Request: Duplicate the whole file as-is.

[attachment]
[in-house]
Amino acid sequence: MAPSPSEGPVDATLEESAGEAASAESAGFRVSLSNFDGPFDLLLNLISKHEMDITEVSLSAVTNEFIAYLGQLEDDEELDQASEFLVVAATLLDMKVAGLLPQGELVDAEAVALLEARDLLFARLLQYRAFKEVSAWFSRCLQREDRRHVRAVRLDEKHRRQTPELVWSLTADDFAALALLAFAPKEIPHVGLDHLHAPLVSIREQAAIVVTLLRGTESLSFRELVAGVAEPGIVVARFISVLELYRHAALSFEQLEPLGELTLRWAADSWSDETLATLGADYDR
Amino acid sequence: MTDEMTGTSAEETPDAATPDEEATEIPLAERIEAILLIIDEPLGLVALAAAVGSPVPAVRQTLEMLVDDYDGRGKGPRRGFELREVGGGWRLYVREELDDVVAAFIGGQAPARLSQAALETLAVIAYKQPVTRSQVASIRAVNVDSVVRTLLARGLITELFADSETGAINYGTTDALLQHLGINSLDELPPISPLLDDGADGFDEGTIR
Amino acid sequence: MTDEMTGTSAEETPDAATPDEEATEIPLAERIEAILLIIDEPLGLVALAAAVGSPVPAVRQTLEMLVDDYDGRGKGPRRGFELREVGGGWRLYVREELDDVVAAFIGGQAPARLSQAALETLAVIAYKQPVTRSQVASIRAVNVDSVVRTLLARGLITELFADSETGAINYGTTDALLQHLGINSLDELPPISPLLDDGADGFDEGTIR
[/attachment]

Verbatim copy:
[in-house]
Amino acid sequence: MAPSPSEGPVDATLEESAGEAASAESAGFRVSLSNFDGPFDLLLNLISKHEMDITEVSLSAVTNEFIAYLGQLEDDEELDQASEFLVVAATLLDMKVAGLLPQGELVDAEAVALLEARDLLFARLLQYRAFKEVSAWFSRCLQREDRRHVRAVRLDEKHRRQTPELVWSLTADDFAALALLAFAPKEIPHVGLDHLHAPLVSIREQAAIVVTLLRGTESLSFRELVAGVAEPGIVVARFISVLELYRHAALSFEQLEPLGELTLRWAADSWSDETLATLGADYDR
Amino acid sequence: MTDEMTGTSAEETPDAATPDEEATEIPLAERIEAILLIIDEPLGLVALAAAVGSPVPAVRQTLEMLVDDYDGRGKGPRRGFELREVGGGWRLYVREELDDVVAAFIGGQAPARLSQAALETLAVIAYKQPVTRSQVASIRAVNVDSVVRTLLARGLITELFADSETGAINYGTTDALLQHLGINSLDELPPISPLLDDGADGFDEGTIR
Amino acid sequence: MTDEMTGTSAEETPDAATPDEEATEIPLAERIEAILLIIDEPLGLVALAAAVGSPVPAVRQTLEMLVDDYDGRGKGPRRGFELREVGGGWRLYVREELDDVVAAFIGGQAPARLSQAALETLAVIAYKQPVTRSQVASIRAVNVDSVVRTLLARGLITELFADSETGAINYGTTDALLQHLGINSLDELPPISPLLDDGADGFDEGTIR